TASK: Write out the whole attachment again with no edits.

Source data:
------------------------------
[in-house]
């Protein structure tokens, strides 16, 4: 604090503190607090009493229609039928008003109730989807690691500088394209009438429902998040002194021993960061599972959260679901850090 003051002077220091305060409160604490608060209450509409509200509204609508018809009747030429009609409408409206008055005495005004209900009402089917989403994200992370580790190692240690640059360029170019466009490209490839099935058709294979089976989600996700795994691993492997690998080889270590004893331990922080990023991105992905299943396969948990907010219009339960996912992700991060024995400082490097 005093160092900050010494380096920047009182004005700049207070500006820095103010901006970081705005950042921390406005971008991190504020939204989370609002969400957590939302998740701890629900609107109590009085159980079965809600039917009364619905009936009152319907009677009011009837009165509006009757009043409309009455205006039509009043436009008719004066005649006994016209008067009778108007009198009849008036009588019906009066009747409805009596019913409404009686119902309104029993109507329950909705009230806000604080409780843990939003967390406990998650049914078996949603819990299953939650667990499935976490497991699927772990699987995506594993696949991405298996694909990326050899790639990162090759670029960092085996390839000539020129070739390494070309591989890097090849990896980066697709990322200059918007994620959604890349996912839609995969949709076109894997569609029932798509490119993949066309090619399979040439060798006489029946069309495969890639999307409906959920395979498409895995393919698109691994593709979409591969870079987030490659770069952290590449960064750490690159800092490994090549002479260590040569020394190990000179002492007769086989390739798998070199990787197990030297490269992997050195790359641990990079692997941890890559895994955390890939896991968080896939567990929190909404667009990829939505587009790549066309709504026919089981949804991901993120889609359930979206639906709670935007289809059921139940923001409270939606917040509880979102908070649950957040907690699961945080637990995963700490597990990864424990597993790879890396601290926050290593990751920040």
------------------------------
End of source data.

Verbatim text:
[in-house]
């Protein structure tokens, strides 16, 4: 604090503190607090009493229609039928008003109730989807690691500088394209009438429902998040002194021993960061599972959260679901850090 003051002077220091305060409160604490608060209450509409509200509204609508018809009747030429009609409408409206008055005495005004209900009402089917989403994200992370580790190692240690640059360029170019466009490209490839099935058709294979089976989600996700795994691993492997690998080889270590004893331990922080990023991105992905299943396969948990907010219009339960996912992700991060024995400082490097 005093160092900050010494380096920047009182004005700049207070500006820095103010901006970081705005950042921390406005971008991190504020939204989370609002969400957590939302998740701890629900609107109590009085159980079965809600039917009364619905009936009152319907009677009011009837009165509006009757009043409309009455205006039509009043436009008719004066005649006994016209008067009778108007009198009849008036009588019906009066009747409805009596019913409404009686119902309104029993109507329950909705009230806000604080409780843990939003967390406990998650049914078996949603819990299953939650667990499935976490497991699927772990699987995506594993696949991405298996694909990326050899790639990162090759670029960092085996390839000539020129070739390494070309591989890097090849990896980066697709990322200059918007994620959604890349996912839609995969949709076109894997569609029932798509490119993949066309090619399979040439060798006489029946069309495969890639999307409906959920395979498409895995393919698109691994593709979409591969870079987030490659770069952290590449960064750490690159800092490994090549002479260590040569020394190990000179002492007769086989390739798998070199990787197990030297490269992997050195790359641990990079692997941890890559895994955390890939896991968080896939567990929190909404667009990829939505587009790549066309709504026919089981949804991901993120889609359930979206639906709670935007289809059921139940923001409270939606917040509880979102908070649950957040907690699961945080637990995963700490597990990864424990597993790879890396601290926050290593990751920040």